Posted on September 4, 2017, by Bryan Zarpentine

Buffalo Bills Tyrod Taylor

Image via cbssports.com

With the official start to the NFL season less than a week away, the Buffalo Bills are still uncertain who their quarterback will be in Week 1. Incumbent starter Tyrod Taylor has been in the league’s concussion protocol for over a week after suffering a head injury during Buffalo’s August 26 preseason game against the Ravens. If healthy, there’s no doubt he’ll be the starter. But the Bills are quickly running out of time and have started to make contingency plans.

“With any starter, it gets to the point in the week where you got to say, ‘Hey, we’re going to have to go one way or the other,'” first year head coach Sean McDermott said Monday. “We’ll cross that road when we come to it at this point. You’ve heard me say this before: Resilience is important. Resiliency, grit, being adaptable.”

If Taylor isn’t out of the NFL’s concussion protocol soon, the Bills are prepared to start rookie Nathan Peterman in Week 1 against the Jets. The Bills took Peterman in the 5th round of this year’s draft. After beginning his college career at Tennessee, Peterman transferred to Pittsburgh and soon became the starter. In two years at Pitt, Peterman threw 47 touchdowns and just 15 interceptions, completing over 60% of his passes. During the preseason, Peterman posted a 75.6 quarterback rating, giving the Bills confidence that the rookie is ready if called upon.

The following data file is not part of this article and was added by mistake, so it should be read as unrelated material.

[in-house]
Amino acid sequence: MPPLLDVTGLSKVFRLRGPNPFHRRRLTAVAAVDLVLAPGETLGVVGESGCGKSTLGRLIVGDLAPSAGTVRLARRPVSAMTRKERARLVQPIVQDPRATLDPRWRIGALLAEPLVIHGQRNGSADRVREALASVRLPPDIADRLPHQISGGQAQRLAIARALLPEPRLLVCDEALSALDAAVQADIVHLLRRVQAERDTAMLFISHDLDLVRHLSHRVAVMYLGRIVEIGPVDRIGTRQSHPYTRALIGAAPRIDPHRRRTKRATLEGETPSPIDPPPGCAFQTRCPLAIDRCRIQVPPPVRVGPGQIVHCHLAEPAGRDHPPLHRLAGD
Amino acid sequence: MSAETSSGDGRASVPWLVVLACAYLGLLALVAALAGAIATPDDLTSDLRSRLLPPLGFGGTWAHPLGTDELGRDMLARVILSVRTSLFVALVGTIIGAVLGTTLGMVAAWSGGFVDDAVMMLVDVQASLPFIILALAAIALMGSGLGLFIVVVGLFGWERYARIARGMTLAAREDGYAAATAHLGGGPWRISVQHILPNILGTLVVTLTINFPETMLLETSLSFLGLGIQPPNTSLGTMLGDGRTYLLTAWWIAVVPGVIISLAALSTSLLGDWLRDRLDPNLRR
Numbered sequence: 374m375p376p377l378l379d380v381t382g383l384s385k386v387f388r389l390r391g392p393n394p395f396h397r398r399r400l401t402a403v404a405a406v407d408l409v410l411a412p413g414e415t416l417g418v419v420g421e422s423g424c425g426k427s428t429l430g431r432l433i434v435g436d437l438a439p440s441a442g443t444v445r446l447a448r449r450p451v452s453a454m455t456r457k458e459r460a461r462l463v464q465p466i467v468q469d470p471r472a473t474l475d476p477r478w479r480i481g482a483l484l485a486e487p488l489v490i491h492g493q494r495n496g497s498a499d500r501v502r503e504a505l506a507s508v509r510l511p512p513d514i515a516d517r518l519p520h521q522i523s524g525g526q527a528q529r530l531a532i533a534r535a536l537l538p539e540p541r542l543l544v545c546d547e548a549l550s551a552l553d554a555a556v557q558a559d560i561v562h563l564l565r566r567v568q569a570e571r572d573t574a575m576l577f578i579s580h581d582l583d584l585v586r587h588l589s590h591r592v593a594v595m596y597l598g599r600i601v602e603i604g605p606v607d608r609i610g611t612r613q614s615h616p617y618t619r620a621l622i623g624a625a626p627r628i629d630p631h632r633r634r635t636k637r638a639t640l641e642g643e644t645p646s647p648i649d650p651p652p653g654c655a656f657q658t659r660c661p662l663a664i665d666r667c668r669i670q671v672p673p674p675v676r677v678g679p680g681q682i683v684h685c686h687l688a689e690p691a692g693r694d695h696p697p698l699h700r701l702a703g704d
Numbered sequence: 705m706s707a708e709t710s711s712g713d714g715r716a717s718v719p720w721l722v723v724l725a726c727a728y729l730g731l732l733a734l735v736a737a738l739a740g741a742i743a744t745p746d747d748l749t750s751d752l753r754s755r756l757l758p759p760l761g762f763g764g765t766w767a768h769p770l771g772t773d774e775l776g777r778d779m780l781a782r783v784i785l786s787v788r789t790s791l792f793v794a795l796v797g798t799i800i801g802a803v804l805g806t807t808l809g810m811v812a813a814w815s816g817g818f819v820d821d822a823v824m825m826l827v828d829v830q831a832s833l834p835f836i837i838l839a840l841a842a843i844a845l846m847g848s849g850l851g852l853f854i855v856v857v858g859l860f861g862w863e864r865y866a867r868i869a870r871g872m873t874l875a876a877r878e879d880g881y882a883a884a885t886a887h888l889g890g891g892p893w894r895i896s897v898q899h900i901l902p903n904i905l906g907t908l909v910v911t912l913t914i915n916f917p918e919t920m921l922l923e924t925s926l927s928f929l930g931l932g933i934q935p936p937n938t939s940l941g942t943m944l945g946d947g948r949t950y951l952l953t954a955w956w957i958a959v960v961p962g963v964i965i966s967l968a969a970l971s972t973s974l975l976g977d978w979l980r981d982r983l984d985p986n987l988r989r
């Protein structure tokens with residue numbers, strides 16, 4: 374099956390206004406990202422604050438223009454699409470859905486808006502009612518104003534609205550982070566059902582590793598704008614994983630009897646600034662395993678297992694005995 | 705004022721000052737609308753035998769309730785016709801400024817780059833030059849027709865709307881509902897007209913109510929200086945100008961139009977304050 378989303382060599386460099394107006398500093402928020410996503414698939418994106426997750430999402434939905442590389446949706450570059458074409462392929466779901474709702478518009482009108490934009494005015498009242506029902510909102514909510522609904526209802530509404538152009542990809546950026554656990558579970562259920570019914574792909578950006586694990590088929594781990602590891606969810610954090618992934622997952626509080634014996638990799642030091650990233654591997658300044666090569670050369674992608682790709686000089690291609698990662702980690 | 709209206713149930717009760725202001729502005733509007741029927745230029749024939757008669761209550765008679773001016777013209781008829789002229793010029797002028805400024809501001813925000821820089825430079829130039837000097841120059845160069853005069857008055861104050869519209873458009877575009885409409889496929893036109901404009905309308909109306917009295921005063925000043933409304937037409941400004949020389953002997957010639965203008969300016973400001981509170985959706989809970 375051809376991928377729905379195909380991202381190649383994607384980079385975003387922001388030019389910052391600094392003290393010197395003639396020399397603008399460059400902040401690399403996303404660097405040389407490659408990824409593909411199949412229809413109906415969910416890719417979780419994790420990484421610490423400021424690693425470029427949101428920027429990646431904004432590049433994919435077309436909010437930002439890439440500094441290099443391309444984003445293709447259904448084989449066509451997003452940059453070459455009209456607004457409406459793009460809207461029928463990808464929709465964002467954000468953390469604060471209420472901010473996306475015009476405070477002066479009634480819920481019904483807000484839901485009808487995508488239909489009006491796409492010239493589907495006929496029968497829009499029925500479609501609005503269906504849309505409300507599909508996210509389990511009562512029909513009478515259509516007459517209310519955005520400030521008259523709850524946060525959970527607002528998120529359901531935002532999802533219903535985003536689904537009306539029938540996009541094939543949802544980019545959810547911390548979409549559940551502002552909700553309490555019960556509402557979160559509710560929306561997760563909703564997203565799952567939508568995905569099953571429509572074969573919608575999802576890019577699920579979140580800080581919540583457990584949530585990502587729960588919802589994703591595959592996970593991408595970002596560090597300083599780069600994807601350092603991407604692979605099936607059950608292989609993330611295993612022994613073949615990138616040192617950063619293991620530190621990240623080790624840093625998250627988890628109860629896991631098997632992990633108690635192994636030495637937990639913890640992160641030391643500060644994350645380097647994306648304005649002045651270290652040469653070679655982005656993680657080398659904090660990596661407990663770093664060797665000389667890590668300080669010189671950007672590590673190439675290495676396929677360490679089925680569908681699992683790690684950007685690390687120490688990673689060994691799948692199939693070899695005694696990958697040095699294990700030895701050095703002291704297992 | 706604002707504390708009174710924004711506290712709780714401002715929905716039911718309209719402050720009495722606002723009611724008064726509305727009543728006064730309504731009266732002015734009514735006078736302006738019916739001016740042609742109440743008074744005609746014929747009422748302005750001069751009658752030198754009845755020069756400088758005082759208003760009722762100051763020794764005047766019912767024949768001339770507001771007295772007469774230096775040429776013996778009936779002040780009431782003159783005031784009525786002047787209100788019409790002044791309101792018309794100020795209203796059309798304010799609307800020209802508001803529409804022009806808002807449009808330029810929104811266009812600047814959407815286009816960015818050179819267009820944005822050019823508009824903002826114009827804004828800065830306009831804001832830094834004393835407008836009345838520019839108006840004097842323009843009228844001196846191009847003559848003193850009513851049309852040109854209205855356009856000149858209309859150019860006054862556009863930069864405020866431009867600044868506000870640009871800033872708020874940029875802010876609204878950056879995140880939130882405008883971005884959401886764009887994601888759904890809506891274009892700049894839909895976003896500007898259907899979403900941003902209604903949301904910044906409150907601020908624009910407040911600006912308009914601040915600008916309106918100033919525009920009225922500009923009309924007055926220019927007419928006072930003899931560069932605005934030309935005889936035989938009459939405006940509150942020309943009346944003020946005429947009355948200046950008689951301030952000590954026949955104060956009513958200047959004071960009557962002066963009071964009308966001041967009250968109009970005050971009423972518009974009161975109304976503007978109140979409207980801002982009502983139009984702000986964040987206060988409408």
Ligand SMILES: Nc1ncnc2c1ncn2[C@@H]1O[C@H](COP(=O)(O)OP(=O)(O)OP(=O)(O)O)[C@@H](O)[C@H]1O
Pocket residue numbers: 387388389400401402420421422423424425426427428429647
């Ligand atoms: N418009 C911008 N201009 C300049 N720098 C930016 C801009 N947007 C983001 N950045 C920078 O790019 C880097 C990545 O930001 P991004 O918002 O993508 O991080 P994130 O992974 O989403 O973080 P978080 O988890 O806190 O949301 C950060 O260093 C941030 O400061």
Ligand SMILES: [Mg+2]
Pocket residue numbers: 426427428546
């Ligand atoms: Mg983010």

“He is ready,” McDermott said. “When you look at what he’s done throughout the preseason, I’m confident and we’re extremely confident in Nathan. I expect that he’s only going to continue to get better.”

In addition to Taylor going through concussion protocol, backup T.J. Yates is also recovering from a concussion, which could make him unavailable for Week 1 as well. In preparation for entering the season without both Taylor and Yates, the Bills announced the signing of Joe Webb on Monday.

Webb was released by the Panthers on Saturday after three years in Carolina. In addition to being a backup quarterback, Webb has also been used as a kick returner and receiver during his NFL career. He brings slightly more experience to the quarterback position than Peterman. However, he hasn’t thrown a pass in a regular season NFL game since 2011.

“I like Joe Webb,” McDermott said. “He plays a lot of different positions. He brings a lot to the table, just starting with the person he is. He’s a high-energy guy. He’s a positive person. Good for our culture, good for our locker room. He plays special teams. He plays quarterback. He plays wide receiver. He plays (defensive back). He’s done it all.”

However, Webb is not expected to be anything more than an emergency backup for Peterman if both Taylor and Yates are unavailable for Week 1. That would be the worst-case scenario for the Bills. McDermott may have confidence in Peterman, but the Bills would prefer for Taylor to return in time for the season opener.

The Jets are expected to be one of the worst teams in the NFL this year. Starting a late-round rookie like Peterman would cast some doubt over the near certainty that the Bills should be the Jets in Week 1. Considering the state of the Jets, this is not a game the Bills can afford to lose. But with lingering uncertainty over Taylor’s health and availability for Week 1, the Bills are still scrambling to figure out who their quarterback will be in Week 1.

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